'We can’t believe our own government would act in such a cruel manner': Toy store fined for staying open late

In February 2020, Helen Felemegos says an inspector from Quebec's Ministry of Economy and Innovation dropped by her family's toy store unannounced.

By the end of the year, Jouets LOL Toys received a $2,250 fine in the mail for operating their store past 5 p.m. on a weekend.

"Absolutely unbelievable, we can’t believe our own government would act in such a cruel manner and be so insensitive to the current situation," said Felemegos.

With many brick and mortar stores like hers struggling to stay afloat during the pandemic, she says the fine hits below the belt.

A provincial law restricts the operating hours of commercial establishments. But that law is decades old, and Felemegos says it doesn't fit with the reality small businesses face today.

She says while they have pivoted to online sales, many of their customers prefer to visit the store in person.

"They work, and they enjoy coming during the weekend, and how are we supposed to compete with big box stores that are allowed to stay open later?"

The city can ask for exemptions -- it's done that for festivals and tourist areas, and most recently for record stores.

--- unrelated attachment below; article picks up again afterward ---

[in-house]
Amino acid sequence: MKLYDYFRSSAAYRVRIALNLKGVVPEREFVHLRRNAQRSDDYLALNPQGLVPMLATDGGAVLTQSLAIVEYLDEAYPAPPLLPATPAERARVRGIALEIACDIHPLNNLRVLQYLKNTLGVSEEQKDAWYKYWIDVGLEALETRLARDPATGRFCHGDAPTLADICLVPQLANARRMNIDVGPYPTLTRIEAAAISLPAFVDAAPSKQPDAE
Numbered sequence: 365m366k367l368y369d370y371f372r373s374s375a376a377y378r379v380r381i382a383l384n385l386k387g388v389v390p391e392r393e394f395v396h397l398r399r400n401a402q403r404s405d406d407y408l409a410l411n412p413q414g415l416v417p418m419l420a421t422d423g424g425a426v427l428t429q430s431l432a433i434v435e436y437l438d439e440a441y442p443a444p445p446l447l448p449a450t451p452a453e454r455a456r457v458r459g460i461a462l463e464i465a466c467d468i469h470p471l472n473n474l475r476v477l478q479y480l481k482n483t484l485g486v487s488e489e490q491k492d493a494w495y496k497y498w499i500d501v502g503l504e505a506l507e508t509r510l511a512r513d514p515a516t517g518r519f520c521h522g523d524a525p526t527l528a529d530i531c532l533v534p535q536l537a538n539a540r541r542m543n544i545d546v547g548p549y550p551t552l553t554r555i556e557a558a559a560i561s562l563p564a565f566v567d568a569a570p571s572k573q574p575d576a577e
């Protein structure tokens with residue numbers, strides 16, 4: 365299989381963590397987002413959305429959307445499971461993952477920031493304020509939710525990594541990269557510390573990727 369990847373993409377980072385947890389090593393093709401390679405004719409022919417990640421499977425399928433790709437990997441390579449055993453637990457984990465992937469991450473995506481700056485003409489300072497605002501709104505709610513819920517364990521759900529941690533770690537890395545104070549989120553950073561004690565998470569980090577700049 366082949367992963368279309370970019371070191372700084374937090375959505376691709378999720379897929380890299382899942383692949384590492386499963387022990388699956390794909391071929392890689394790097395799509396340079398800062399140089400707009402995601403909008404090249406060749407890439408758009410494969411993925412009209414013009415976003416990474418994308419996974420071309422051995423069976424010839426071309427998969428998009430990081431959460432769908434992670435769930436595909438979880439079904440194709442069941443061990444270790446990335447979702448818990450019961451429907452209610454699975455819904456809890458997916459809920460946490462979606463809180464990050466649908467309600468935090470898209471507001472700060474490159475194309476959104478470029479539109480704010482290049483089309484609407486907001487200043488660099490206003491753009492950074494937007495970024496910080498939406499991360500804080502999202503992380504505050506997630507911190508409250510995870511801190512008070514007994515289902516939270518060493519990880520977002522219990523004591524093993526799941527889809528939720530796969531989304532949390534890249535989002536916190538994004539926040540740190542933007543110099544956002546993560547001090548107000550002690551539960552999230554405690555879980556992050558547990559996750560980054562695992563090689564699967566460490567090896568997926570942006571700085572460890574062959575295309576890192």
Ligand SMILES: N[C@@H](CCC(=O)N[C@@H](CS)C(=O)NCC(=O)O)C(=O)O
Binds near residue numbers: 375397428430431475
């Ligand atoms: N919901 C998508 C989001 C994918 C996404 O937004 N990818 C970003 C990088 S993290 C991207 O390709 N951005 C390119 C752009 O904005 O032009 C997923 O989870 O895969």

After several independent record stores were fined up to $3,000 for being open past 5 p.m., they argued the law no longer made sense.

After strong public pressure, those fines were dropped just before their court dates.

The city agreed to change the rules, and now record stores in Montreal can stay open later. But one of the owners who fought for the change questions why more isn't being done to support small independent shops of all kinds.

"Why are their inspectors going around and fining small businesses mere minutes after they’re supposed to be closed, when big box stores such as Archambault can be open way later than an independent store?" said Phonopolis owner Jordan Robson-Cramer.

Archambault is the largest music retailer in Quebec.

In a statement, the mayor's office said there's no "one-size-fits-all solution."

"It is necessary to also weigh the concerns of residents, in many cases. We will speak to the owner of the businesses affected and offer any help we can."

Quebec's economy ministry did not respond to a request for comment.

Felemegos says small businesses are the lifeblood of a healthy neighbourhood, and she thinks the city and the province are quietly letting them disappear.

"We’re trying our best to keep the community together but the government seems like it’s just trying to rip us apart," she said.

Her family plans to contest the fine at a court date set for next week.  


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